Chaz Williams and UMass ready to take the next step

Chaz Williams led UMass a year ago in points per game (16.9), assists (6.2)and three-pointers made (62). (Courtesy of Massachusetts athletics)

By Paul Gotham

BROOKLYN, N.Y. — As a player, Derek Kellogg won plenty of basketball games. He helped the Massachusetts Minutemen to more than 100 victories during his four-year career. As a coach he has shown the ability to remain patient through a rebuilding process. That’s why when the fifth-year head man at UMass offers an optimistic view of the upcoming season, it’s worth noting.

“It feels like we have a program finally,” Kellogg said recently during the Atlantic 10 media day at the Barclay’s Center in Brooklyn, New York. “Our structure of how we’re playing is finally in place. There’s not a lot of wavering on what we’re doing.”

After a pair of 12-win seasons followed by 15 victories in 2010-11, Kellogg’s Minutemen notched a 25-12 mark in 2011-12. Four starters return from that team along with four others who averaged double-digit minutes off the bench.

“If we stay healthy, and if the guys continue on the path, we have a chance to be good,” Kellogg continued. “Last year we made some good things happen that maybe don’t happen every year. We want to make sure we give ourselves that opportunity again.”

UMass advanced to the semi-finals of the A-10 tournament before falling to eventual conference champion St. Bonaventure, 84- 80 – a game which the Minutemen rallied from 16 down to pull within one in the closing seconds. From there UMass rattled off three straight wins including triumphs over Mississippi State and Seton Hall before bowing out in the NIT semi-finals.

“There’s an opportunity in front of us,” Kellogg continued. “But it’s not guaranteed.”

The potential of that opportunity will be realized through the play of Chaz Williams. Short in stature at just 5’9″, the Brooklyn, New York native casts a long shadow of influence on his teammates.

“He brings energy to practice everyday,” Kellogg said of his point guard. “He gets the other guys to play. He brings an edge to our team.”

After sitting out a season per the NCAA transfer rules, Williams wasted little time putting points on the board last season. He notched double figures in each of the first four games and scored 10 or more in all but three contests last year leading the Minutemen with 16.9 points per game. But it wasn’t until the latter stages of the season that his play-making showed its potential.

Williams notched back-to-back double-doubles in mid-February when he handed out 10 assists each against St. Joseph’s and La Salle. Williams totaled 20 helpers combined while committing just two turnovers in 69 minutes of play during those two contests.

“He did it at the end of last year,” Kellogg explained. “Now, if he can do it for the whole season, from day one of our real practices, then I’ll know what we have.”

Williams dished out nine dimes and scored 29 as the Minutemen beat Xavier, 80-73.  He followed that with 11 assists and 26 points in an overtime loss at Temple.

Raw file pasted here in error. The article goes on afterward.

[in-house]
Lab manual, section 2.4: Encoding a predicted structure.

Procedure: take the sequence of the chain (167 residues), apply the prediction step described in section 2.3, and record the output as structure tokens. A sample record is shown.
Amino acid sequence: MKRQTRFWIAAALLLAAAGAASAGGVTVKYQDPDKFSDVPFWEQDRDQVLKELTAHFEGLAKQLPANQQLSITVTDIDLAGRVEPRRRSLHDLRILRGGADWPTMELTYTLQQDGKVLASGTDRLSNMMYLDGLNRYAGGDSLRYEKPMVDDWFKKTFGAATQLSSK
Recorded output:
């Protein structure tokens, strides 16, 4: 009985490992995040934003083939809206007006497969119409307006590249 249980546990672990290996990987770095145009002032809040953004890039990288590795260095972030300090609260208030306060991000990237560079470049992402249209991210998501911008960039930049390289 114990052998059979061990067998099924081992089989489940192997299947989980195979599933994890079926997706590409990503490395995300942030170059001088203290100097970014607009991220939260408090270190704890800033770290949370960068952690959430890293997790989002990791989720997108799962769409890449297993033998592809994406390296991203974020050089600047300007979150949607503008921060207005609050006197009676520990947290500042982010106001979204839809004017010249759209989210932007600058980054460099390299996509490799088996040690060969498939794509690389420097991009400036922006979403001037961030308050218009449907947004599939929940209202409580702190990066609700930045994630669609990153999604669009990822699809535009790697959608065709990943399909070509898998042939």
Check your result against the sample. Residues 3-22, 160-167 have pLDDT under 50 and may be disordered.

“In college basketball, the point guard position is the most important on the floor. Probably even more so for us,” Kellogg added. “I ran a lot of stuff through him.”

UMass got revenge 10 days later with a 77-71 victory over Temple in the A-10 quarter-finals as Williams handed out 11 assists and scored 26.
“He brought an identity to our program, our university and how we play.”
With Williams leading the way the Minutemen established a frenetic pace last year averaging nearly nine steals (7th in the NCAA) and 76.6 possessions (2nd in the nation) per game. At the same time, UMass connected on a school-record 288 three-pointers. The 8.1 three-point field goals per contest topped the A-10 and was good for 31st in the nation.
“All credit in this way goes to Derek Kellogg,” said St. Joseph’s head coach Phil Martelli. “In that the style that he’s adopted, that attacking style, fits this kid to a tee. The thing I enjoy most about him is you watch him, he enjoys playing.”
“There’s not another guy in the country I’d rather have for we play and how we do things,” Kellogg said. “For my program and how we play, I want Chaz Williams.”
Kellogg knows all too well the fortunes of competition in the Atlantic 10. Pegged 12th in last year’s conference pre-season poll, the Minutemen finished in a four-team log jam one win out of fourth. This year, UMass earned notoriety getting picked fifth in the league. With newcomers Butler and VCU, Kellogg understands how quickly a team can slip between the top and bottom of the conference.
“We’re a benchmark for how a team can respond if it doesn’t get respect in the pre-season.”
After four years of grinding it out, the future is now for Kellogg and the Minutemen. Williams is joined by fellow returning starters Jesse Morgan (9.9 ppg, 2.9 rpg, 2.6 apg), Raphiael Putney (10.1 ppg, 5.9 rpg) and Terrell Vinson (9.9 ppg, 5.5 rpg) along with Maxie Esho (5.1 ppg and 3.4 rpg), Javorn Farrell (6.3 ppg, 2.7 rpg, 2.4 apg) and Sampson Carter (8.6 ppg, 3.9 rpg).  The 2012-13 schedule is fit to prepare a team for the NCAA Tournament with anywhere from 12-14 opponents on the slate who earned post-season berths a year ago. The Minutemen open the Puerto Rico Tip Off against Providence with the potential of playing North Carolina State or Penn State in the next round.
“Let’s call it what it is,” Kellogg stated. “Every coach wants his team to be an NCAA Tournament-level team. You have to play a tough out-of-conference schedule. You have to to win those games and you have to go into the league and take care of business.”
Taking care of business for Derek Kellogg, Chaz Williams and the UMass Minutemen would consist of earning a spot in the NCAA Tournament. Something UMass hasn’t done since 1998.


Leave a Reply

Your email address will not be published.

Time limit is exhausted. Please reload CAPTCHA.